UANI and its work

United Against Nuclear Iran (UANI)is a nonprofit and non-partisan policy organization formed to combat the threats posed by the Islamic Republic of Iran. UANI educates the public, policymakers, and businesses about the danger posed by the Iranian regime and designs programs to ensure the regime’s economic and diplomatic isolation until it abandons its pursuit of nuclear weapons, support for terrorism, regional destabilization, and human rights violations. UANI is an issue-based coalition in which each coalition member has its own interests as well as the collective goal of advancing an Iran free of nuclear weapons. UANI’s distinguished Advisory Board is comprised of outstanding national figures representing all sectors of our country.

What is so bad about a nuclear Iran?

The prospect of a nuclear-armed Iran is a threat to American security interests, regional stability, and a danger to world peace. For decades, the United States and the international community have worked to prevent a nuclear-armed Iran, believing that nuclear weapons in the hands of the Iranian regime would directly threaten America’s allies in the Middle East, destabilize the region and present a security risk to the U.S., Europe, and other allies.

Furthermore, Iran is the world’s leading state sponsor of terrorism, through its financial and operational support for groups such as Hezbollah, Hamas, Houthis, and others. The possibility that Iran could share its nuclear technology with extremist groups hostile to the United States and others should concern every American and be unacceptable to the community of nations.

Isn't Iran's nuclear program for peaceful purposes?

The Iranian regime has long insisted its nuclear activities, such as enriching uranium, are only for energy and not weapons. However, this is false and disingenuous. For 18 years, Iran’s nuclear program was kept secret, and in 2002, Iran’s covert program was exposed. Since then, the International Atomic Energy Agency (IAEA) has said it cannot consider Iran’s nuclear program as entirely civilian. In September 2009, Iran revealed to the IAEA the existence of a secret uranium enrichment facility (the Fordow Fuel Enrichment Plant) located near the city of Qom. Evidence indicates that construction began in 2006 and is capable of running approximately 3,000 centrifuges. Three thousand centrifuges are sufficient for producing quantities of highly enriched uranium for nuclear weapons. Iran’s refusal of several years to disclose this information to the IAEA casts significant doubt on the regime’s true motivation for its nuclear program. As early as 2008, Iran’s stockpile of 320 tons of uranium hexafluoride was enough fuel to make as many as 100 bombs.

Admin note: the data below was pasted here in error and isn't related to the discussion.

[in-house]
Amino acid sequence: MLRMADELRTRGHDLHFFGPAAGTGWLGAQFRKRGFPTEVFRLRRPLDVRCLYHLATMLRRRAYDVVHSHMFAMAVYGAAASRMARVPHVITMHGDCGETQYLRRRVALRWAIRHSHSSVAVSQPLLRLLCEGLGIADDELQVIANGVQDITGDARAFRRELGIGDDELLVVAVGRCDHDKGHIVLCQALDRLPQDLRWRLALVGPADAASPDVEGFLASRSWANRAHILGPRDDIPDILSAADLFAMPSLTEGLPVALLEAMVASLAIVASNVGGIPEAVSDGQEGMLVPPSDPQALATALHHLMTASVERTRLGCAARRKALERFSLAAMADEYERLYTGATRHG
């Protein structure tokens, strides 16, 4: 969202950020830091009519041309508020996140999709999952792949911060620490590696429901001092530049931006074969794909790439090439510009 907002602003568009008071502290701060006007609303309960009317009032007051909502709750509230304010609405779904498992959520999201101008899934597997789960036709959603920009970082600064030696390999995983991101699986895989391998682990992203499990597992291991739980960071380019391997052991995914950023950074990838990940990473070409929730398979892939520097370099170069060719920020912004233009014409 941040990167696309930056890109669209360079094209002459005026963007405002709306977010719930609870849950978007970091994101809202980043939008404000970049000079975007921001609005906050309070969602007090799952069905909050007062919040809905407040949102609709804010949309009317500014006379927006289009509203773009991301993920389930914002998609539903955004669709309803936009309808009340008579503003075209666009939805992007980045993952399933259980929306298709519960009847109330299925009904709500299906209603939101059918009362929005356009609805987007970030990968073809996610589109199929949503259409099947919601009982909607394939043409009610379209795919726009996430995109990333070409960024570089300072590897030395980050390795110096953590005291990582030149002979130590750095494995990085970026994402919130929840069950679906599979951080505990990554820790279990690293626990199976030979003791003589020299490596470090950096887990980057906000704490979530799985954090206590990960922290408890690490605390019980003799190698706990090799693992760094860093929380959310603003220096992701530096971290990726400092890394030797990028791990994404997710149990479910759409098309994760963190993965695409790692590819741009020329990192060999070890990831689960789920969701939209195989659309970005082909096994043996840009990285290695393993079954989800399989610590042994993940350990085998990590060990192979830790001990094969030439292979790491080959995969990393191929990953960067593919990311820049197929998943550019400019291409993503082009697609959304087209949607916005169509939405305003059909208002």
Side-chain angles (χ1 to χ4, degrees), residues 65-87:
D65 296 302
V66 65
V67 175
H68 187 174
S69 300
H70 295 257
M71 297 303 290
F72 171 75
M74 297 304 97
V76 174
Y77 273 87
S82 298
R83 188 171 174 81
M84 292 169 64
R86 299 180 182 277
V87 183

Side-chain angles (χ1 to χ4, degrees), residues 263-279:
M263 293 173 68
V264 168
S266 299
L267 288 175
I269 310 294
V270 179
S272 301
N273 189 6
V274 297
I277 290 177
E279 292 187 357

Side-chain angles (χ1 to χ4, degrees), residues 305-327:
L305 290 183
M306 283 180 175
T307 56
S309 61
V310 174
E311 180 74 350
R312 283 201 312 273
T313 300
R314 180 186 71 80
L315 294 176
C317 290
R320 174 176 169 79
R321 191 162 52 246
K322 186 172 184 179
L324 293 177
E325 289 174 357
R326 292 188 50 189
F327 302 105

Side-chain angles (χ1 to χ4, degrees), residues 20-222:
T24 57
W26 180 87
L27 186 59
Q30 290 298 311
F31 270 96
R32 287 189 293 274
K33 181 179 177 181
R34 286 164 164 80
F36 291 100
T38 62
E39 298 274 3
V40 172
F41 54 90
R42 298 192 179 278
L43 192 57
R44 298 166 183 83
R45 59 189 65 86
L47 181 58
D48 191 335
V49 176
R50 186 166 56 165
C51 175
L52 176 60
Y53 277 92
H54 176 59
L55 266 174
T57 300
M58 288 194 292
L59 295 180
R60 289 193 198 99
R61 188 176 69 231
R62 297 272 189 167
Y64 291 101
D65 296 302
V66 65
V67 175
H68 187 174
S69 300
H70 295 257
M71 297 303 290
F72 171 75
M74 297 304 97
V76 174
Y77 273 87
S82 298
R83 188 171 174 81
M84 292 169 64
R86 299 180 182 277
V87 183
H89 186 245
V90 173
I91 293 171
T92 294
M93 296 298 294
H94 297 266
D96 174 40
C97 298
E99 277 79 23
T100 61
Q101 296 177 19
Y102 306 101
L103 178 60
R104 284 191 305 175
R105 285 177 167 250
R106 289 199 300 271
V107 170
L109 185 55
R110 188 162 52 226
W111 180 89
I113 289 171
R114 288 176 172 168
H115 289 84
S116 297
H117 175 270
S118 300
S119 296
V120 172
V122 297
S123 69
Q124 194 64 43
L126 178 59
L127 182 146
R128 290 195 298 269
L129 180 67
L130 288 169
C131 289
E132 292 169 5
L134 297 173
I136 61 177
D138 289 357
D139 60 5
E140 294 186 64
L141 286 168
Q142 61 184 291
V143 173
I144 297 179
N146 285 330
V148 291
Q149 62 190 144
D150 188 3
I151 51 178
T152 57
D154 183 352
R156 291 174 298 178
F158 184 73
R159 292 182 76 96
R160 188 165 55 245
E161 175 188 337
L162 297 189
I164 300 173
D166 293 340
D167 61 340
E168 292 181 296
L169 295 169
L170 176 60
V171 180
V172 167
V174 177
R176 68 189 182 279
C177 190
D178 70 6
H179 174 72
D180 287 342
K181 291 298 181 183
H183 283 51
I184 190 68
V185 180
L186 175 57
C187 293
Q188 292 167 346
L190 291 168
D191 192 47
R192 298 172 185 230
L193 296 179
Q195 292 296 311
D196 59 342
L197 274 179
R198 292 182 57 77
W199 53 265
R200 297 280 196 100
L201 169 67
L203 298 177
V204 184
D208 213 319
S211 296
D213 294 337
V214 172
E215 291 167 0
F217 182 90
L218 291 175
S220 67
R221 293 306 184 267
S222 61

In January 2010, Iran agreed to a fuel swap deal that would have required Iran to send the majority of its uranium stockpile abroad for enrichment. This would have deprived Iran of the amount of uranium necessary to build a nuclear weapon, but Iran reneged on the agreement. In June 2010, IAEA Director General Yukiya Amano, confirmed: “Iran has not provided the necessary cooperation to permit the IAEA to confirm that all nuclear material in Iran is for peaceful activities.”

The international community correctly identified that if Iran truly wanted a peaceful nuclear program, outsourcing enrichment would make the process easier, as the Iranian government would be provided with a set supply of enriched uranium, eliminating the need for a difficult and expensive domestic enrichment program. By rejecting this deal, Iran sought to delay action by the international community and demonstrated its true intentions.